Fractures
Fractures are broken bones. To reduce the chance of fractures, bones should be strong (well- mineralized). Weight-bearing activities like walking and running normally promote strong bone development.

Most people with spina bifida have some leg problems that limit their ability to bear weight. As a result, their leg bones are relatively thin and brittle, and easier to break. There may also be decreased feeling in the legs, so it is possible for a person with spina bifida to have a broken leg and not know it.

These are warning signs of a broken bone for a person with diminished sensation:

  • unexplained fever

  • swelling

  • a focal area of redness and/or warmth

  • deformity (abnormal shape or position) of the foot or leg, with or without pain

If you observed any of these signs, notify the SBC staff. We may ask you to obtain an x-ray to rule out a fracture.

Spine problems (Scoliosis/kyphosis)
Scoliosis and kyphosis are deforming curves of the spine. Scoliosis is a curve toward the side, and kyphosis is a curve toward the front of the body. Many patients with spina bifida develop these problems, and over time the problems can get worse. This is most likely to happen during a growth spurt.

Scoliosis and kyphosis may affect posture and balance, but as the spinal curve increases, more serious consequences can develop, such as:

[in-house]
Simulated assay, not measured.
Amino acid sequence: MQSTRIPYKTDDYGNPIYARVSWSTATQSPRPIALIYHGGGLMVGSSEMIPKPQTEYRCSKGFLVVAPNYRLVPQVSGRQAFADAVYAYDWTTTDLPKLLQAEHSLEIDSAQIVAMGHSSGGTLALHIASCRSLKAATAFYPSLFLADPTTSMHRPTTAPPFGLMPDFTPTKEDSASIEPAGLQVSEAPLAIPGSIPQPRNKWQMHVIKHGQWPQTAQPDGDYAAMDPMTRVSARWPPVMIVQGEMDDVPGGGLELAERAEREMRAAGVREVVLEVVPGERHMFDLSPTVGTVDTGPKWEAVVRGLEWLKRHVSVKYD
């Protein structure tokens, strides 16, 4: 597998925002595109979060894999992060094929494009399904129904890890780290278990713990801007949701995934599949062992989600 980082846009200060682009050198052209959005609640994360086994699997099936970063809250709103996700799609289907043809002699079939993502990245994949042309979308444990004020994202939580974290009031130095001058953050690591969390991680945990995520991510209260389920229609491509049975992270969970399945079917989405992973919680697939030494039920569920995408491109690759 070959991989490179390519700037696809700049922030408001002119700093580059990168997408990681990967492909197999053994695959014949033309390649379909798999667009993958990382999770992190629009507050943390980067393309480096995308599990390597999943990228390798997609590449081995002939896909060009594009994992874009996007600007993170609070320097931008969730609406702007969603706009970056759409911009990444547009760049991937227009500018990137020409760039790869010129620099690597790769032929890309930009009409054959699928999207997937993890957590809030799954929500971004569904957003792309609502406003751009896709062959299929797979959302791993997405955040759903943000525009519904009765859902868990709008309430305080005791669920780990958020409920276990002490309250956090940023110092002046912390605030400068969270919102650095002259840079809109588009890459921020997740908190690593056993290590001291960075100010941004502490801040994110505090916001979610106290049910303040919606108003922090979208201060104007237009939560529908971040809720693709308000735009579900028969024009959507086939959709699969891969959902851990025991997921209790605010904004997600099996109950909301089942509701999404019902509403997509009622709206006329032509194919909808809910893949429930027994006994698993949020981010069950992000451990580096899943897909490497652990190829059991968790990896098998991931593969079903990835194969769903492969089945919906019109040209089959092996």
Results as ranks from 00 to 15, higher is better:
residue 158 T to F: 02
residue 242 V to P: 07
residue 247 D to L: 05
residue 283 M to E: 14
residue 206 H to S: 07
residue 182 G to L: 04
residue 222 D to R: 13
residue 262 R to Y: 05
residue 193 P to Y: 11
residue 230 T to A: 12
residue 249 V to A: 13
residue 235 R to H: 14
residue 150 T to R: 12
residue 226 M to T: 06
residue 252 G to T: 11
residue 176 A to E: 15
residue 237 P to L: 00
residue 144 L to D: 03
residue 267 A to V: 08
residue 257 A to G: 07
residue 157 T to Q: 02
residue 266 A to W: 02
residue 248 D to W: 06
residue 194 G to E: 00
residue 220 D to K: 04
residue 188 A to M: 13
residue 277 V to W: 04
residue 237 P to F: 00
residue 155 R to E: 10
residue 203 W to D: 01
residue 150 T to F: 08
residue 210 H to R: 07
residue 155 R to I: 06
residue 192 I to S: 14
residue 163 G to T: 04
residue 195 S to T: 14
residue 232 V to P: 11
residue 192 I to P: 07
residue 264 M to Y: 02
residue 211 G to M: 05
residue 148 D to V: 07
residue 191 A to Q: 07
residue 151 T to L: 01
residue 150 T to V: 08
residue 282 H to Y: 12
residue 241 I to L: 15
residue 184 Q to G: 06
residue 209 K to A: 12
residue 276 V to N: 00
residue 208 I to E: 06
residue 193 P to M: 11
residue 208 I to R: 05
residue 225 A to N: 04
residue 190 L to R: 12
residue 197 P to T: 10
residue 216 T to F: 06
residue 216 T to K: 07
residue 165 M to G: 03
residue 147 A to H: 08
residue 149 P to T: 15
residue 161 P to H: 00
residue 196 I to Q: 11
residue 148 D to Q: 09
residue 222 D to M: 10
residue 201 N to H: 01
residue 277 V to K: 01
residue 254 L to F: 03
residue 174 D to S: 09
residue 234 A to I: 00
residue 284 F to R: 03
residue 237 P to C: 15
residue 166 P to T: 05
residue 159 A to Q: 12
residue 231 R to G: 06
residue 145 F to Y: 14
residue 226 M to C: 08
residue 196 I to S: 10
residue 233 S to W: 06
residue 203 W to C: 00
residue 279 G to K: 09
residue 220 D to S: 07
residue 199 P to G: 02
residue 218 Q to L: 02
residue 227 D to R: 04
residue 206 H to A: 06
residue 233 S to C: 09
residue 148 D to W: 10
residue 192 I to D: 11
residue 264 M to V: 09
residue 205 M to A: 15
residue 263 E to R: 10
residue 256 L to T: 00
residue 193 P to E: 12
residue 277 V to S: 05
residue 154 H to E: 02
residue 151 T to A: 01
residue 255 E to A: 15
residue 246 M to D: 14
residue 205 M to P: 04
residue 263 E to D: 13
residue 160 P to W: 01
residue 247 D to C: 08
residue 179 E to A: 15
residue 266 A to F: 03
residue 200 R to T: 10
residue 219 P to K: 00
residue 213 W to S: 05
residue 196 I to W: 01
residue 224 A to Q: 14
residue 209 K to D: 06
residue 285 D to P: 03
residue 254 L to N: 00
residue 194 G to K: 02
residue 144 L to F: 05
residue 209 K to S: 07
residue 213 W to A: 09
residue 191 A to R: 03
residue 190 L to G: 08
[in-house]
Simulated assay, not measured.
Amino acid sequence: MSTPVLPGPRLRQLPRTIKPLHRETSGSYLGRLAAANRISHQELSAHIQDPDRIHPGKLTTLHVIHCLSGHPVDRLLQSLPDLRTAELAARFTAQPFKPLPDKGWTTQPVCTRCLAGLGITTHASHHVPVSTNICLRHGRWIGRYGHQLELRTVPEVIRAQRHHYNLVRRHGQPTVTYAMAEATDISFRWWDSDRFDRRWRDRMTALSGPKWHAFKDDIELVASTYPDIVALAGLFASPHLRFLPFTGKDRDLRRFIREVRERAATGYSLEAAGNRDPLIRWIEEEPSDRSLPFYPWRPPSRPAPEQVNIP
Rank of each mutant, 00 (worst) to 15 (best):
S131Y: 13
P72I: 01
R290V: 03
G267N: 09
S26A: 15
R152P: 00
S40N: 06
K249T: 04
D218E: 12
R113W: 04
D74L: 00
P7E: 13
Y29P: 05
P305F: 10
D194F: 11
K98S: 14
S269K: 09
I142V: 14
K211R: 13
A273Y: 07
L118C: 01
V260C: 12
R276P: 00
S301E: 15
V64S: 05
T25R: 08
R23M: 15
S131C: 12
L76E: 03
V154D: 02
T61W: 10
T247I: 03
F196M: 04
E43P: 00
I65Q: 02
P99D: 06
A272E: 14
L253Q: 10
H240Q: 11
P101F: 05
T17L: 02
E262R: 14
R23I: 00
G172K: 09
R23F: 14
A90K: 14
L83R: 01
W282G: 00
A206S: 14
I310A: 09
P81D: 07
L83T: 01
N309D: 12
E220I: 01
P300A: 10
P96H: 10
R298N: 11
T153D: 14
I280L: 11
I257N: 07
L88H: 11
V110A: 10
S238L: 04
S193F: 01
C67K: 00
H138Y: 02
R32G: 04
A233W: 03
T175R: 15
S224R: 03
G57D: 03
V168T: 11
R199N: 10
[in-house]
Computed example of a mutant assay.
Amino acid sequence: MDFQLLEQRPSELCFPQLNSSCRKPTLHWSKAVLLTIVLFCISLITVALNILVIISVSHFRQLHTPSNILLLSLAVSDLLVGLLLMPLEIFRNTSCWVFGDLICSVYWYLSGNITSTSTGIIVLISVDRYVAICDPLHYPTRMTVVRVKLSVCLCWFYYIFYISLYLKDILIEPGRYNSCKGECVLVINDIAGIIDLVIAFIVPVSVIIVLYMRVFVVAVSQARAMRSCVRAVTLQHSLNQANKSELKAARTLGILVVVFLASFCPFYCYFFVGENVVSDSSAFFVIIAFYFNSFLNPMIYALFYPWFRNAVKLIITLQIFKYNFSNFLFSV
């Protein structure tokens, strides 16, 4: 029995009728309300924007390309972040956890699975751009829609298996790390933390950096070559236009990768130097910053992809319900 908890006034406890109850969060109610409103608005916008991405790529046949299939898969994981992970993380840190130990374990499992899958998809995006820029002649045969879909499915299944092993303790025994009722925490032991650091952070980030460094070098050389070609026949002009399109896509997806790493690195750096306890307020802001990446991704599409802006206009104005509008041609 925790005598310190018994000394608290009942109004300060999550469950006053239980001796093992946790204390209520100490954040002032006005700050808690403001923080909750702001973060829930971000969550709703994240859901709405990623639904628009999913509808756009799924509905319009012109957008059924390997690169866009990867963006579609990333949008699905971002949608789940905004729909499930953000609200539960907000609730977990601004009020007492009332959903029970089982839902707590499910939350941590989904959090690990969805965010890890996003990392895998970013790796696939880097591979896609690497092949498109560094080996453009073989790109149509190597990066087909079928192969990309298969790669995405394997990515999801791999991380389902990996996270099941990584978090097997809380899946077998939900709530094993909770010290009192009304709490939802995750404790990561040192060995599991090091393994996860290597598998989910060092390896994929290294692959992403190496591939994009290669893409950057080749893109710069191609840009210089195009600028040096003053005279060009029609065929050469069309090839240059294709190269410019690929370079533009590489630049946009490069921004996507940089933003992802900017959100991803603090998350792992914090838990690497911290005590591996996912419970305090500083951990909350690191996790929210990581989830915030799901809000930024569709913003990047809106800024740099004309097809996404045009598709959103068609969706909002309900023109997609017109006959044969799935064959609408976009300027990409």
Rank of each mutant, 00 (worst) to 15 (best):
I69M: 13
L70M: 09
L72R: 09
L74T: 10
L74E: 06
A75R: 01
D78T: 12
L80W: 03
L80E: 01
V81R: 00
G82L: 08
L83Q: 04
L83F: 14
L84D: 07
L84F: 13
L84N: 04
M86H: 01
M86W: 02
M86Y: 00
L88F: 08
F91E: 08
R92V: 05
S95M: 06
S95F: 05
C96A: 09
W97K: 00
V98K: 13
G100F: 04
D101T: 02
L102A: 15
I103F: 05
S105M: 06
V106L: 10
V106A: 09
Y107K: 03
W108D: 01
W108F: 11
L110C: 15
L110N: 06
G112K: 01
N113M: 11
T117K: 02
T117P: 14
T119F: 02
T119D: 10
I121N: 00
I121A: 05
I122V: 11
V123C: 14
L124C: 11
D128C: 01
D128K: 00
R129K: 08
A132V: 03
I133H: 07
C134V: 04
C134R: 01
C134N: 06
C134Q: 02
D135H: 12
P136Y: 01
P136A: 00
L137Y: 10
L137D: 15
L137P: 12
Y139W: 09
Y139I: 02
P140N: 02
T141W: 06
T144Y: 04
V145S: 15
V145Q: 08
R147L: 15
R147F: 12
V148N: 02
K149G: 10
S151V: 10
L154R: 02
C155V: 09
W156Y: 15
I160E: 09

1. Pain - Sitting comfortably can become extremely difficult, and pressure ulcers can arise, particularly in those persons using wheelchairs, as undue pressure is placed on the side of the hip or buttock opposite the curve.

  2. Problems with digestion, increased constipation, and urinary discomfort and infections may result from displacement of internal organs such as the intestines and urinary system.

  3. Breathing can become impaired, since the curved spine can prevent the lungs from fully expanding. Body tissues may not get enough oxygen, which can lead to chronic "air hunger" and damage to body tissues.

For these reasons, periodic spine x-rays are obtained to watch for scoliosis or kyphosis. If spine curvature becomes severe, lung function tests may be ordered to evaluate breathing ability. A body jacket (cast or brace on the upper body/chest) may be recommended to maintain support of a more correct "curve". If an individual has a curve that increases to a significant degree, however, surgical options will be considered. The goal is to prevent serious health consequences related to impaired body functioning.

Spinal fusion
Spinal fusion is an operation performed to stiffen or stabilize the spine. Fusion generally involves both the use of metal stabilizing rods that are attached to the vertebrae (and sometimes anchored to the pelvis) with hooks and screws, and other surgical techniques to promote the bones to "fuse" or stick together strongly. Many individuals with spina bifida have a progressive form of scoliosis or kyphosis that requires a spine fusion or stiffening operation.  Spinal fusion is a complex surgery that may require a one to two week hospital stay, and months in a body cast.